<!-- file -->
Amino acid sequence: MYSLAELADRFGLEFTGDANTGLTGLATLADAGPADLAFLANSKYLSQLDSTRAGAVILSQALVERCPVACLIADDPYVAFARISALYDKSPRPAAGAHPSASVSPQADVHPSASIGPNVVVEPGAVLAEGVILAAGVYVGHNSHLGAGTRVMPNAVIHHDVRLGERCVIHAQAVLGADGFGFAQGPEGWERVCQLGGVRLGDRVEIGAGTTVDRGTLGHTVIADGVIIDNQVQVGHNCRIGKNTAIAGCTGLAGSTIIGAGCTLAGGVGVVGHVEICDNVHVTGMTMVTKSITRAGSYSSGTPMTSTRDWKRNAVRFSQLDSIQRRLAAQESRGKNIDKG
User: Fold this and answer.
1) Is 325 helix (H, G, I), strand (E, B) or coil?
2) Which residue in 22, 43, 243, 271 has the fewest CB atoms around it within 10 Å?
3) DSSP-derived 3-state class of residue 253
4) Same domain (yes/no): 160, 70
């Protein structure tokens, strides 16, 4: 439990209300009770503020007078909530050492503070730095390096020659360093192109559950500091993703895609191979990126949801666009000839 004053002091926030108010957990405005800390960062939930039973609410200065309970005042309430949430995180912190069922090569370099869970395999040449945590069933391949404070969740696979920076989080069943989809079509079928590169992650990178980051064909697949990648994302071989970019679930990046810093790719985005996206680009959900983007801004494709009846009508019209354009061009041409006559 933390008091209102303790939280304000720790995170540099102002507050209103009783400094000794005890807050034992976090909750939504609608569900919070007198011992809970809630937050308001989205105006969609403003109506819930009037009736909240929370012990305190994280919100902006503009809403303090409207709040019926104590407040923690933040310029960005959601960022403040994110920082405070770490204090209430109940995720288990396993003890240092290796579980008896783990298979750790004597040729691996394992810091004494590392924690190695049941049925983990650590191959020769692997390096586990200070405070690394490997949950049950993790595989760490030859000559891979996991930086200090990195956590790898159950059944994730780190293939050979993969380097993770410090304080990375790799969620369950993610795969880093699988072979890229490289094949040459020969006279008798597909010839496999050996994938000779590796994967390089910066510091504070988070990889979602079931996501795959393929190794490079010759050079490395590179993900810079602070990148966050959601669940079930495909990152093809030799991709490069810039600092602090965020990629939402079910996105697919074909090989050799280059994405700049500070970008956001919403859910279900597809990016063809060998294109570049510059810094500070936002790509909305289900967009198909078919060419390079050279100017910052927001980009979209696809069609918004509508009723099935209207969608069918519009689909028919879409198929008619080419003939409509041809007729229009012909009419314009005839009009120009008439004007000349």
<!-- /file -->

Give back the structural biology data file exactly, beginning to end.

Amino acid sequence: MYSLAELADRFGLEFTGDANTGLTGLATLADAGPADLAFLANSKYLSQLDSTRAGAVILSQALVERCPVACLIADDPYVAFARISALYDKSPRPAAGAHPSASVSPQADVHPSASIGPNVVVEPGAVLAEGVILAAGVYVGHNSHLGAGTRVMPNAVIHHDVRLGERCVIHAQAVLGADGFGFAQGPEGWERVCQLGGVRLGDRVEIGAGTTVDRGTLGHTVIADGVIIDNQVQVGHNCRIGKNTAIAGCTGLAGSTIIGAGCTLAGGVGVVGHVEICDNVHVTGMTMVTKSITRAGSYSSGTPMTSTRDWKRNAVRFSQLDSIQRRLAAQESRGKNIDKG
User: Fold this and answer.
1) Is 325 helix (H, G, I), strand (E, B) or coil?
2) Which residue in 22, 43, 243, 271 has the fewest CB atoms around it within 10 Å?
3) DSSP-derived 3-state class of residue 253
4) Same domain (yes/no): 160, 70
């Protein structure tokens, strides 16, 4: 439990209300009770503020007078909530050492503070730095390096020659360093192109559950500091993703895609191979990126949801666009000839 004053002091926030108010957990405005800390960062939930039973609410200065309970005042309430949430995180912190069922090569370099869970395999040449945590069933391949404070969740696979920076989080069943989809079509079928590169992650990178980051064909697949990648994302071989970019679930990046810093790719985005996206680009959900983007801004494709009846009508019209354009061009041409006559 933390008091209102303790939280304000720790995170540099102002507050209103009783400094000794005890807050034992976090909750939504609608569900919070007198011992809970809630937050308001989205105006969609403003109506819930009037009736909240929370012990305190994280919100902006503009809403303090409207709040019926104590407040923690933040310029960005959601960022403040994110920082405070770490204090209430109940995720288990396993003890240092290796579980008896783990298979750790004597040729691996394992810091004494590392924690190695049941049925983990650590191959020769692997390096586990200070405070690394490997949950049950993790595989760490030859000559891979996991930086200090990195956590790898159950059944994730780190293939050979993969380097993770410090304080990375790799969620369950993610795969880093699988072979890229490289094949040459020969006279008798597909010839496999050996994938000779590796994967390089910066510091504070988070990889979602079931996501795959393929190794490079010759050079490395590179993900810079602070990148966050959601669940079930495909990152093809030799991709490069810039600092602090965020990629939402079910996105697919074909090989050799280059994405700049500070970008956001919403859910279900597809990016063809060998294109570049510059810094500070936002790509909305289900967009198909078919060419390079050279100017910052927001980009979209696809069609918004509508009723099935209207969608069918519009689909028919879409198929008619080419003939409509041809007729229009012909009419314009005839009009120009008439004007000349």